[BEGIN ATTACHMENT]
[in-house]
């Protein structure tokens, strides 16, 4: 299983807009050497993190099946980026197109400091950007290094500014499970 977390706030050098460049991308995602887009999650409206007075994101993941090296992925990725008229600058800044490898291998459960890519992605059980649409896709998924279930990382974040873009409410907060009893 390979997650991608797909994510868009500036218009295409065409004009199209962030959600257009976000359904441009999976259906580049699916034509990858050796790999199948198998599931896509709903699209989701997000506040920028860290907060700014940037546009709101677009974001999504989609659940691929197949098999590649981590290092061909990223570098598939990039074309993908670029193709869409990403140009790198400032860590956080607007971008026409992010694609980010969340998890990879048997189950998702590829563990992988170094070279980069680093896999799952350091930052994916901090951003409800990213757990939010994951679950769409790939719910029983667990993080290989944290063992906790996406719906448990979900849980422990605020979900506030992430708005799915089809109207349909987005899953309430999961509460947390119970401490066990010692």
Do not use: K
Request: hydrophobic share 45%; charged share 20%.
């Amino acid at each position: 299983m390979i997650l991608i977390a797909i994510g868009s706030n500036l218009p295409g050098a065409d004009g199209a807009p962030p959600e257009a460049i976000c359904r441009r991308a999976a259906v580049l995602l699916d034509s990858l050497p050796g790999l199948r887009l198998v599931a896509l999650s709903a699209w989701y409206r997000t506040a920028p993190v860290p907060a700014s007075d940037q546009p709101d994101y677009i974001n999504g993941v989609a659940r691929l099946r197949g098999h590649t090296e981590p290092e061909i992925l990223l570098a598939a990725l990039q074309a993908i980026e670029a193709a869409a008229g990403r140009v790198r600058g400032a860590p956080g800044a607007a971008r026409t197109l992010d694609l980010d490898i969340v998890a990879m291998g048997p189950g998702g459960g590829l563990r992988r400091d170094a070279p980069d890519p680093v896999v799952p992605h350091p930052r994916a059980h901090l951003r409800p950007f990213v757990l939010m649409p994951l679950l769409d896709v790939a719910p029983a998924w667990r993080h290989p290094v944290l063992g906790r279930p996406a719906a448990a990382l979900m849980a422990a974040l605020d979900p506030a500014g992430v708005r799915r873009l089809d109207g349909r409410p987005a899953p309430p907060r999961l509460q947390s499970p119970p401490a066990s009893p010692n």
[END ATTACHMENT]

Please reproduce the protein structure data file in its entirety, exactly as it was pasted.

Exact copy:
[in-house]
């Protein structure tokens, strides 16, 4: 299983807009050497993190099946980026197109400091950007290094500014499970 977390706030050098460049991308995602887009999650409206007075994101993941090296992925990725008229600058800044490898291998459960890519992605059980649409896709998924279930990382974040873009409410907060009893 390979997650991608797909994510868009500036218009295409065409004009199209962030959600257009976000359904441009999976259906580049699916034509990858050796790999199948198998599931896509709903699209989701997000506040920028860290907060700014940037546009709101677009974001999504989609659940691929197949098999590649981590290092061909990223570098598939990039074309993908670029193709869409990403140009790198400032860590956080607007971008026409992010694609980010969340998890990879048997189950998702590829563990992988170094070279980069680093896999799952350091930052994916901090951003409800990213757990939010994951679950769409790939719910029983667990993080290989944290063992906790996406719906448990979900849980422990605020979900506030992430708005799915089809109207349909987005899953309430999961509460947390119970401490066990010692």
Do not use: K
Request: hydrophobic share 45%; charged share 20%.
């Amino acid at each position: 299983m390979i997650l991608i977390a797909i994510g868009s706030n500036l218009p295409g050098a065409d004009g199209a807009p962030p959600e257009a460049i976000c359904r441009r991308a999976a259906v580049l995602l699916d034509s990858l050497p050796g790999l199948r887009l198998v599931a896509l999650s709903a699209w989701y409206r997000t506040a920028p993190v860290p907060a700014s007075d940037q546009p709101d994101y677009i974001n999504g993941v989609a659940r691929l099946r197949g098999h590649t090296e981590p290092e061909i992925l990223l570098a598939a990725l990039q074309a993908i980026e670029a193709a869409a008229g990403r140009v790198r600058g400032a860590p956080g800044a607007a971008r026409t197109l992010d694609l980010d490898i969340v998890a990879m291998g048997p189950g998702g459960g590829l563990r992988r400091d170094a070279p980069d890519p680093v896999v799952p992605h350091p930052r994916a059980h901090l951003r409800p950007f990213v757990l939010m649409p994951l679950l769409d896709v790939a719910p029983a998924w667990r993080h290989p290094v944290l063992g906790r279930p996406a719906a448990a990382l979900m849980a422990a974040l605020d979900p506030a500014g992430v708005r799915r873009l089809d109207g349909r409410p987005a899953p309430p907060r999961l509460q947390s499970p119970p401490a066990s009893p010692n």